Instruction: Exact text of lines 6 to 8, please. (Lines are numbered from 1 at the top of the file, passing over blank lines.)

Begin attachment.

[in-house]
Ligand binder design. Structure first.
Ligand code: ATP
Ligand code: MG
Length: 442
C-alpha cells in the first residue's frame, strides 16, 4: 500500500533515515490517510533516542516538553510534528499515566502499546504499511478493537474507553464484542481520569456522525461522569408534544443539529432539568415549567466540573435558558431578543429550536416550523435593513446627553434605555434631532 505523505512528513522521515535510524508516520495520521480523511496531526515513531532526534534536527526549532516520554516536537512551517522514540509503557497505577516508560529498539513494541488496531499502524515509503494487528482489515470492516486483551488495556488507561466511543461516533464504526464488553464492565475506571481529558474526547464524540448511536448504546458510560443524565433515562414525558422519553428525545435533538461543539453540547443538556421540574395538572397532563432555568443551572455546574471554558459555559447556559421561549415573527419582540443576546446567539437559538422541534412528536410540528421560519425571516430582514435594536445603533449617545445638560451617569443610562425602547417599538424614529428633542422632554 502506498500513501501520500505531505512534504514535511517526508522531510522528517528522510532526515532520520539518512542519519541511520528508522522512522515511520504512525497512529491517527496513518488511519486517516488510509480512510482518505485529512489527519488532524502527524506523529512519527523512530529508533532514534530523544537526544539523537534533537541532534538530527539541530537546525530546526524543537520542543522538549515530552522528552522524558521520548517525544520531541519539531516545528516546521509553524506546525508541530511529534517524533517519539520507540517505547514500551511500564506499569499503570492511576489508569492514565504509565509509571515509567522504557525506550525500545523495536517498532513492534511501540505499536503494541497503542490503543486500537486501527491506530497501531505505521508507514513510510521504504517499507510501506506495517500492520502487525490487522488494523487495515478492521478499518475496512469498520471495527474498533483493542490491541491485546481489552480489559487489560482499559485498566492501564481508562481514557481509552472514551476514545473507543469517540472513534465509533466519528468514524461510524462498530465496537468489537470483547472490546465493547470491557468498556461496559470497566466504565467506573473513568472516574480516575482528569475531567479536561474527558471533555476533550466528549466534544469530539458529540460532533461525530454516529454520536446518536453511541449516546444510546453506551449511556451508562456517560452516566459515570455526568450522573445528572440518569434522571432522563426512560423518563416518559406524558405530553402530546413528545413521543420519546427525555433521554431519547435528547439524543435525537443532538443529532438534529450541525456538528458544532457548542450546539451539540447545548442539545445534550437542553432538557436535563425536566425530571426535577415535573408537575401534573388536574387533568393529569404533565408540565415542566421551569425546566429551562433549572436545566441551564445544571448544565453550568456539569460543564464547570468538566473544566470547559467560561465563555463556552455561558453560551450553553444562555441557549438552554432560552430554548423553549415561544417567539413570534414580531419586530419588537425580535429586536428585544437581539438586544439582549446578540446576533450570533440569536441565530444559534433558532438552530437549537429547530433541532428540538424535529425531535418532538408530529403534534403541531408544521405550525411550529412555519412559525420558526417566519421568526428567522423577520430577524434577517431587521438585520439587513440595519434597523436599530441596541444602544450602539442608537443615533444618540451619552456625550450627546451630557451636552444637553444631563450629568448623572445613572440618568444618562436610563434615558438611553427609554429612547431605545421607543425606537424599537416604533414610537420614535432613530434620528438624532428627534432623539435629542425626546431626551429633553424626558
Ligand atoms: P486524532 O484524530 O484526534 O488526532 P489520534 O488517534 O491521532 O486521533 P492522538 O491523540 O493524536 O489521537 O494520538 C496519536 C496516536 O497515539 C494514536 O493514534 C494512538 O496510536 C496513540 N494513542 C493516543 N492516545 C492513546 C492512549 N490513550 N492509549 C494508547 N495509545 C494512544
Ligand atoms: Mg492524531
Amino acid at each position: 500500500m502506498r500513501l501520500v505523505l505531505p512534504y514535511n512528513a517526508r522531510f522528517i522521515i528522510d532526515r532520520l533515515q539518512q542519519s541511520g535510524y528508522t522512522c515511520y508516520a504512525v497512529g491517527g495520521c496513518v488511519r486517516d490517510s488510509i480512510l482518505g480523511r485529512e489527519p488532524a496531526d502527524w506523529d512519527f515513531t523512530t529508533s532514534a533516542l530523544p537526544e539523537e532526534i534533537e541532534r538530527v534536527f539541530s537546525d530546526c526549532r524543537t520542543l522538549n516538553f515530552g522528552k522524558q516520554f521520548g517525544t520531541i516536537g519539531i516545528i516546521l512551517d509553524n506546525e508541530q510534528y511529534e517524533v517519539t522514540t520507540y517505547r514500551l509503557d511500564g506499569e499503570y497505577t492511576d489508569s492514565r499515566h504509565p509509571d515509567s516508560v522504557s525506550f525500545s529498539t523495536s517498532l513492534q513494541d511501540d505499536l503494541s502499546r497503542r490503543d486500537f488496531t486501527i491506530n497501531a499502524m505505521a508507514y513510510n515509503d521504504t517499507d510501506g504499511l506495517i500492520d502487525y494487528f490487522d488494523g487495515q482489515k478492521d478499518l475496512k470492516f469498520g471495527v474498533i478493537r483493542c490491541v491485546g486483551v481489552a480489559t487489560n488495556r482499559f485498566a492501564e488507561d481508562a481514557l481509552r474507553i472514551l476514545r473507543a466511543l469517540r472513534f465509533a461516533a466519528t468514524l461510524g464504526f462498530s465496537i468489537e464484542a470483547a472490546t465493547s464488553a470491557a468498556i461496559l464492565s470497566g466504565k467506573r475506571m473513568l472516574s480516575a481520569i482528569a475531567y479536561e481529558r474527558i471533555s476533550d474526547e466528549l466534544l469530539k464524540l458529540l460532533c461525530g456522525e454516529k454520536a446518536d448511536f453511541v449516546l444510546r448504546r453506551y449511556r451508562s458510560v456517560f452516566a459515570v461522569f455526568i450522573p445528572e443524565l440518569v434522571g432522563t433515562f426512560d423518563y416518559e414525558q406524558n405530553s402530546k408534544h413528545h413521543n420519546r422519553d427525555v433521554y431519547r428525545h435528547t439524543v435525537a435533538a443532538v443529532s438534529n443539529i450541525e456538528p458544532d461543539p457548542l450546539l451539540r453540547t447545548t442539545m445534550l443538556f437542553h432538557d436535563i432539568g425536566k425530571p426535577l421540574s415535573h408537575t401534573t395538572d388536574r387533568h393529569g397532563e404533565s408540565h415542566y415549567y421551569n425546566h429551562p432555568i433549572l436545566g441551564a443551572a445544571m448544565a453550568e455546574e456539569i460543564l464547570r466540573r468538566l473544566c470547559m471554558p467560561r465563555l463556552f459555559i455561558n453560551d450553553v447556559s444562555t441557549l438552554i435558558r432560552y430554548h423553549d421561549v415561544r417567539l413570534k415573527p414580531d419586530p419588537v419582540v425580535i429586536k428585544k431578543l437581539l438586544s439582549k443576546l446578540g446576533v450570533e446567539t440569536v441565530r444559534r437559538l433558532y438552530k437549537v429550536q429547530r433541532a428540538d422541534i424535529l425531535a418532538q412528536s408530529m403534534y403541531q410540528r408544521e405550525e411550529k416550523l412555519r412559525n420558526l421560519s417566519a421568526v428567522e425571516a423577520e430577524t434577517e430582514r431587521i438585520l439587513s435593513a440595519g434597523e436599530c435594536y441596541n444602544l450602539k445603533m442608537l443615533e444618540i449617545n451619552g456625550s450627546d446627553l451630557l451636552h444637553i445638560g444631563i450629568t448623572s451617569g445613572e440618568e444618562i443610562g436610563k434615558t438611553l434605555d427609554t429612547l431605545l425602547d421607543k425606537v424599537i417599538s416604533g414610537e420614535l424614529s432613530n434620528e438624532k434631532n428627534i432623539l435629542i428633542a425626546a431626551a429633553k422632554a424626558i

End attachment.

C-alpha cells in the first residue's frame, strides 16, 4: 500500500533515515490517510533516542516538553510534528499515566502499546504499511478493537474507553464484542481520569456522525461522569408534544443539529432539568415549567466540573435558558431578543429550536416550523435593513446627553434605555434631532 505523505512528513522521515535510524508516520495520521480523511496531526515513531532526534534536527526549532516520554516536537512551517522514540509503557497505577516508560529498539513494541488496531499502524515509503494487528482489515470492516486483551488495556488507561466511543461516533464504526464488553464492565475506571481529558474526547464524540448511536448504546458510560443524565433515562414525558422519553428525545435533538461543539453540547443538556421540574395538572397532563432555568443551572455546574471554558459555559447556559421561549415573527419582540443576546446567539437559538422541534412528536410540528421560519425571516430582514435594536445603533449617545445638560451617569443610562425602547417599538424614529428633542422632554 502506498500513501501520500505531505512534504514535511517526508522531510522528517528522510532526515532520520539518512542519519541511520528508522522512522515511520504512525497512529491517527496513518488511519486517516488510509480512510482518505485529512489527519488532524502527524506523529512519527523512530529508533532514534530523544537526544539523537534533537541532534538530527539541530537546525530546526524543537520542543522538549515530552522528552522524558521520548517525544520531541519539531516545528516546521509553524506546525508541530511529534517524533517519539520507540517505547514500551511500564506499569499503570492511576489508569492514565504509565509509571515509567522504557525506550525500545523495536517498532513492534511501540505499536503494541497503542490503543486500537486501527491506530497501531505505521508507514513510510521504504517499507510501506506495517500492520502487525490487522488494523487495515478492521478499518475496512469498520471495527474498533483493542490491541491485546481489552480489559487489560482499559485498566492501564481508562481514557481509552472514551476514545473507543469517540472513534465509533466519528468514524461510524462498530465496537468489537470483547472490546465493547470491557468498556461496559470497566466504565467506573473513568472516574480516575482528569475531567479536561474527558471533555476533550466528549466534544469530539458529540460532533461525530454516529454520536446518536453511541449516546444510546453506551449511556451508562456517560452516566459515570455526568450522573445528572440518569434522571432522563426512560423518563416518559406524558405530553402530546413528545413521543420519546427525555433521554431519547435528547439524543435525537443532538443529532438534529450541525456538528458544532457548542450546539451539540447545548442539545445534550437542553432538557436535563425536566425530571426535577415535573408537575401534573388536574387533568393529569404533565408540565415542566421551569425546566429551562433549572436545566441551564445544571448544565453550568456539569460543564464547570468538566473544566470547559467560561465563555463556552455561558453560551450553553444562555441557549438552554432560552430554548423553549415561544417567539413570534414580531419586530419588537425580535429586536428585544437581539438586544439582549446578540446576533450570533440569536441565530444559534433558532438552530437549537429547530433541532428540538424535529425531535418532538408530529403534534403541531408544521405550525411550529412555519412559525420558526417566519421568526428567522423577520430577524434577517431587521438585520439587513440595519434597523436599530441596541444602544450602539442608537443615533444618540451619552456625550450627546451630557451636552444637553444631563450629568448623572445613572440618568444618562436610563434615558438611553427609554429612547431605545421607543425606537424599537416604533414610537420614535432613530434620528438624532428627534432623539435629542425626546431626551429633553424626558
Ligand atoms: P486524532 O484524530 O484526534 O488526532 P489520534 O488517534 O491521532 O486521533 P492522538 O491523540 O493524536 O489521537 O494520538 C496519536 C496516536 O497515539 C494514536 O493514534 C494512538 O496510536 C496513540 N494513542 C493516543 N492516545 C492513546 C492512549 N490513550 N492509549 C494508547 N495509545 C494512544
Ligand atoms: Mg492524531